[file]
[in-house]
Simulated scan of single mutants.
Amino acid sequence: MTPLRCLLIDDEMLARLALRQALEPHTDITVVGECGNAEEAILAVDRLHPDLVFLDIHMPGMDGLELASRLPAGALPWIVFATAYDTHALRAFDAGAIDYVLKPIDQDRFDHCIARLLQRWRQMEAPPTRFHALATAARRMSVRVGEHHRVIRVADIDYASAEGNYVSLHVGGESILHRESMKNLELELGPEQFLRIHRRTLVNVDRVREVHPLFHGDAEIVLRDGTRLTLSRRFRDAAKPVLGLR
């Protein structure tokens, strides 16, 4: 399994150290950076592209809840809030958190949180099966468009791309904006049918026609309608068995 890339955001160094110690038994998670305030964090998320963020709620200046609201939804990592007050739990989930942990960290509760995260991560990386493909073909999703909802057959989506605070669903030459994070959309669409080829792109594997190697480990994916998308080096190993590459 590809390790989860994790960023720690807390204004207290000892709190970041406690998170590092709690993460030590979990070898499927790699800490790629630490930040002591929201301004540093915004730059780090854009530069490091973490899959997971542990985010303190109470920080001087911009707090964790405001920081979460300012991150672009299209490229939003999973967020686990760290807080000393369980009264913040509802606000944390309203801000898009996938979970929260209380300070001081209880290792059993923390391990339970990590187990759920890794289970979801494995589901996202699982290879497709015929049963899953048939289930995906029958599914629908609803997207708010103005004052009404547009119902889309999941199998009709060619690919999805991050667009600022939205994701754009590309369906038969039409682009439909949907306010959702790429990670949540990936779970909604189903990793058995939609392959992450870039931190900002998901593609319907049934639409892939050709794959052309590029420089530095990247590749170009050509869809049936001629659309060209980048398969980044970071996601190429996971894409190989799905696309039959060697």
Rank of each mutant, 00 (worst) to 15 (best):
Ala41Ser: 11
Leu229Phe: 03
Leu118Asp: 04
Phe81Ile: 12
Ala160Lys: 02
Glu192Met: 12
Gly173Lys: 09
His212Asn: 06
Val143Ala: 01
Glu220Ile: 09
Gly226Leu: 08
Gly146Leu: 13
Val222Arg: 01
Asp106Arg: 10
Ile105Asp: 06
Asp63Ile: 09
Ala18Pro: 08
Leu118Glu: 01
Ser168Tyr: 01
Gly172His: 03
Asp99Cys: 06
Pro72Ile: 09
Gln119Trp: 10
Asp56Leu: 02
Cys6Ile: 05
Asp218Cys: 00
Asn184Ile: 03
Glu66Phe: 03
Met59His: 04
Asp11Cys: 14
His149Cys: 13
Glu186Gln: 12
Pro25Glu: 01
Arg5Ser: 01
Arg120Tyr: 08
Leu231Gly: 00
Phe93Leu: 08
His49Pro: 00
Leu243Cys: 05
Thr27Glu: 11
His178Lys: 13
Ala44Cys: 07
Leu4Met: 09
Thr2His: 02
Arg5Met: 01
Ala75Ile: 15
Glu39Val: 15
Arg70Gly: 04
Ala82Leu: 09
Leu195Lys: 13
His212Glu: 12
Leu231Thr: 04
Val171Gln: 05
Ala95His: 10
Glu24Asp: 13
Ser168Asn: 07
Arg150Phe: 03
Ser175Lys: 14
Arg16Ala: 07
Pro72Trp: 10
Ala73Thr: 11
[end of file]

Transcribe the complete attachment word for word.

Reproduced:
[in-house]
Simulated scan of single mutants.
Amino acid sequence: MTPLRCLLIDDEMLARLALRQALEPHTDITVVGECGNAEEAILAVDRLHPDLVFLDIHMPGMDGLELASRLPAGALPWIVFATAYDTHALRAFDAGAIDYVLKPIDQDRFDHCIARLLQRWRQMEAPPTRFHALATAARRMSVRVGEHHRVIRVADIDYASAEGNYVSLHVGGESILHRESMKNLELELGPEQFLRIHRRTLVNVDRVREVHPLFHGDAEIVLRDGTRLTLSRRFRDAAKPVLGLR
């Protein structure tokens, strides 16, 4: 399994150290950076592209809840809030958190949180099966468009791309904006049918026609309608068995 890339955001160094110690038994998670305030964090998320963020709620200046609201939804990592007050739990989930942990960290509760995260991560990386493909073909999703909802057959989506605070669903030459994070959309669409080829792109594997190697480990994916998308080096190993590459 590809390790989860994790960023720690807390204004207290000892709190970041406690998170590092709690993460030590979990070898499927790699800490790629630490930040002591929201301004540093915004730059780090854009530069490091973490899959997971542990985010303190109470920080001087911009707090964790405001920081979460300012991150672009299209490229939003999973967020686990760290807080000393369980009264913040509802606000944390309203801000898009996938979970929260209380300070001081209880290792059993923390391990339970990590187990759920890794289970979801494995589901996202699982290879497709015929049963899953048939289930995906029958599914629908609803997207708010103005004052009404547009119902889309999941199998009709060619690919999805991050667009600022939205994701754009590309369906038969039409682009439909949907306010959702790429990670949540990936779970909604189903990793058995939609392959992450870039931190900002998901593609319907049934639409892939050709794959052309590029420089530095990247590749170009050509869809049936001629659309060209980048398969980044970071996601190429996971894409190989799905696309039959060697």
Rank of each mutant, 00 (worst) to 15 (best):
Ala41Ser: 11
Leu229Phe: 03
Leu118Asp: 04
Phe81Ile: 12
Ala160Lys: 02
Glu192Met: 12
Gly173Lys: 09
His212Asn: 06
Val143Ala: 01
Glu220Ile: 09
Gly226Leu: 08
Gly146Leu: 13
Val222Arg: 01
Asp106Arg: 10
Ile105Asp: 06
Asp63Ile: 09
Ala18Pro: 08
Leu118Glu: 01
Ser168Tyr: 01
Gly172His: 03
Asp99Cys: 06
Pro72Ile: 09
Gln119Trp: 10
Asp56Leu: 02
Cys6Ile: 05
Asp218Cys: 00
Asn184Ile: 03
Glu66Phe: 03
Met59His: 04
Asp11Cys: 14
His149Cys: 13
Glu186Gln: 12
Pro25Glu: 01
Arg5Ser: 01
Arg120Tyr: 08
Leu231Gly: 00
Phe93Leu: 08
His49Pro: 00
Leu243Cys: 05
Thr27Glu: 11
His178Lys: 13
Ala44Cys: 07
Leu4Met: 09
Thr2His: 02
Arg5Met: 01
Ala75Ile: 15
Glu39Val: 15
Arg70Gly: 04
Ala82Leu: 09
Leu195Lys: 13
His212Glu: 12
Leu231Thr: 04
Val171Gln: 05
Ala95His: 10
Glu24Asp: 13
Ser168Asn: 07
Arg150Phe: 03
Ser175Lys: 14
Arg16Ala: 07
Pro72Trp: 10
Ala73Thr: 11